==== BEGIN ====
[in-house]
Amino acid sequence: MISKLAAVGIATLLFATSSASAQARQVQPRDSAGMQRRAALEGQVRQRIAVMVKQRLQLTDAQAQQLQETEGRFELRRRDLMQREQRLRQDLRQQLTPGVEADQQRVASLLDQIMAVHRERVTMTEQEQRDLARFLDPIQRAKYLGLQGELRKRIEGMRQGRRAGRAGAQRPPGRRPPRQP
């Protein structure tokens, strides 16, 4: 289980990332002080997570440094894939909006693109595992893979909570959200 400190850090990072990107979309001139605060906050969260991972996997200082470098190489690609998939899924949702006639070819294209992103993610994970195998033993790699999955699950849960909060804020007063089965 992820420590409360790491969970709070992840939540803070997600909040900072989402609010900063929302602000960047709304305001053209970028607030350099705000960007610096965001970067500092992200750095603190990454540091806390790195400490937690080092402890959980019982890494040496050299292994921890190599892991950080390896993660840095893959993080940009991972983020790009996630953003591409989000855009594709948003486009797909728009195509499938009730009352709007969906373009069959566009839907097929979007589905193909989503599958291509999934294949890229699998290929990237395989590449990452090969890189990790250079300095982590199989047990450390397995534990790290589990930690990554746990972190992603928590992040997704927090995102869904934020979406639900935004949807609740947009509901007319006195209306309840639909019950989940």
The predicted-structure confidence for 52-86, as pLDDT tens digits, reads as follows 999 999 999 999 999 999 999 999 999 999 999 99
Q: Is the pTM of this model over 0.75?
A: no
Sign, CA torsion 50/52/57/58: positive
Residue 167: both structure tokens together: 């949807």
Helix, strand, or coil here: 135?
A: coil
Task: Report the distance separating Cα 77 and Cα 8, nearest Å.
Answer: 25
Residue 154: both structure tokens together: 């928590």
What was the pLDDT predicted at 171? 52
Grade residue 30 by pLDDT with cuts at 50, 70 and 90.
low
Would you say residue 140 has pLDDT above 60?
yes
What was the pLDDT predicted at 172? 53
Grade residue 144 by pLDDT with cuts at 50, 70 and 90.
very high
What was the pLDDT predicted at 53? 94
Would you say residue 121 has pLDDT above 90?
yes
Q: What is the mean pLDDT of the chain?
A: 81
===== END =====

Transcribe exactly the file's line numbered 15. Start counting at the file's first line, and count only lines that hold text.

Grade residue 30 by pLDDT with cuts at 50, 70 and 90.